Inuyasha Ani-Manga, Volume 1

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VIZ Media LLC, Jan 14, 2004 - Comics & Graphic Novels - 208 pages
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Inu Yasha Visual Manga, Volume 1 covers the events of the first three exciting episodes of the TV and video series, using actual, full-color film frames to narrate the story. High-school coed Kagome lives with legends - a legendary tree, a legendary well, and a legendary fortune-teller grandfather. When her little brother goes into the shrine that houses the well, Kagome goes in to stop him from playing in dangerous places. Suddenly a demon appears and drags her into the well and out the other side into ... a legend. Rumiko Takahasi's vibrant tableaux of feudal Japan is filled with magic, demons, and a half dog-demon boy who is thrown together with the spirited, modern girl, Kagome, on an epic quest. This is where legends begin.

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This book is like the best book because a friend of mine was reading them
and I read over the shoulder of my friend and It was so AWSOME!!!
I'v been reading them for a long time I have read the
first 7 so far, by borrowing them
from the library and reading at least 1 of them in a whole day so in a week I finished about 4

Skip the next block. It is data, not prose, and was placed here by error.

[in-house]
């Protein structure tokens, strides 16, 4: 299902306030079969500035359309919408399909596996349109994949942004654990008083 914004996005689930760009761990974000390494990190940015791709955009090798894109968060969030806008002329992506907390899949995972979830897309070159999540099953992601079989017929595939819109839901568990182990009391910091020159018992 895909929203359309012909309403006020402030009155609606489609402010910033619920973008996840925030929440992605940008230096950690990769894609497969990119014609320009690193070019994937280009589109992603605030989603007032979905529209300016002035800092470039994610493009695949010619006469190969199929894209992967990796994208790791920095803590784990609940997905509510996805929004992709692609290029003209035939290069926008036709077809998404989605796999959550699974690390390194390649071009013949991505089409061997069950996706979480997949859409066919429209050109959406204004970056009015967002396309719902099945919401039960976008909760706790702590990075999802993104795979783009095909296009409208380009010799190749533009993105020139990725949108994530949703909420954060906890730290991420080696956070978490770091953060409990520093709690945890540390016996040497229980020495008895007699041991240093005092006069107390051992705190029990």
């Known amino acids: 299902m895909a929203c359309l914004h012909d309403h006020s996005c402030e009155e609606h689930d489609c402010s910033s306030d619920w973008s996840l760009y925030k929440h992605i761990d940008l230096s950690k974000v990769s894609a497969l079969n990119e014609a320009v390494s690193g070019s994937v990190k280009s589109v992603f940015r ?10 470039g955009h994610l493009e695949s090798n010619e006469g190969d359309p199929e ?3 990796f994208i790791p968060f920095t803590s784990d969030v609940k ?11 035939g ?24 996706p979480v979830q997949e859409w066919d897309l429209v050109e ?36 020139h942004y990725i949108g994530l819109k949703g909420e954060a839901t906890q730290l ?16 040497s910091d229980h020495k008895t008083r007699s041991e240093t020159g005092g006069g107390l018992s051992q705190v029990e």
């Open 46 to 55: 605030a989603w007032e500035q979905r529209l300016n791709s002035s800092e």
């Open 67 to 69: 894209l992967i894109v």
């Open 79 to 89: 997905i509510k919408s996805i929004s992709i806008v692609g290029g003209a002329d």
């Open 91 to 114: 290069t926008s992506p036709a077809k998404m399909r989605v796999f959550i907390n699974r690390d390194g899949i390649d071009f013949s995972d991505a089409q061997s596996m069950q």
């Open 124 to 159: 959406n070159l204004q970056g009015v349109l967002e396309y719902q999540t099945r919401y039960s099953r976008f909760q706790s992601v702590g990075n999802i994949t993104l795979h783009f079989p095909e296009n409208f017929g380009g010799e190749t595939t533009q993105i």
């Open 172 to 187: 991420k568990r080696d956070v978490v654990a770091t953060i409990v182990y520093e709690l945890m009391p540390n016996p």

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About the author (2004)

The spotlight on Rumiko Takahashi's career began in 1978 when she won an honorable mention in Shogakukan's annual New Comic Artist Contest for Those Selfish Aliens. Later that same year, her boy-meets-alien comedy series, Urusei Yatsura, was serialized in Weekly Shonen Sunday. This phenomenally successful manga series was adapted into anime format and spawned a TV series and half a dozen theatrical-release movies, all incredibly popular in their own right. Takahashi followed up the success of her debut series with one blockbuster hit after another--Maison Ikkoku ran from 1980 to 1987, Ranma 1/2 from 1987 to 1996, and Inuyasha from 1996 to 2008. Other notable works include Mermaid Saga, Rumic Theater, and One-Pound Gospel. Takahashi won the Shogakukan Manga Award twice in her career, once for Urusei Yatsura in 1981 and the second time for Inuyasha in 2002. A majority of the Takahashi canon has been adapted into other media such as anime, live-action TV series, and film."

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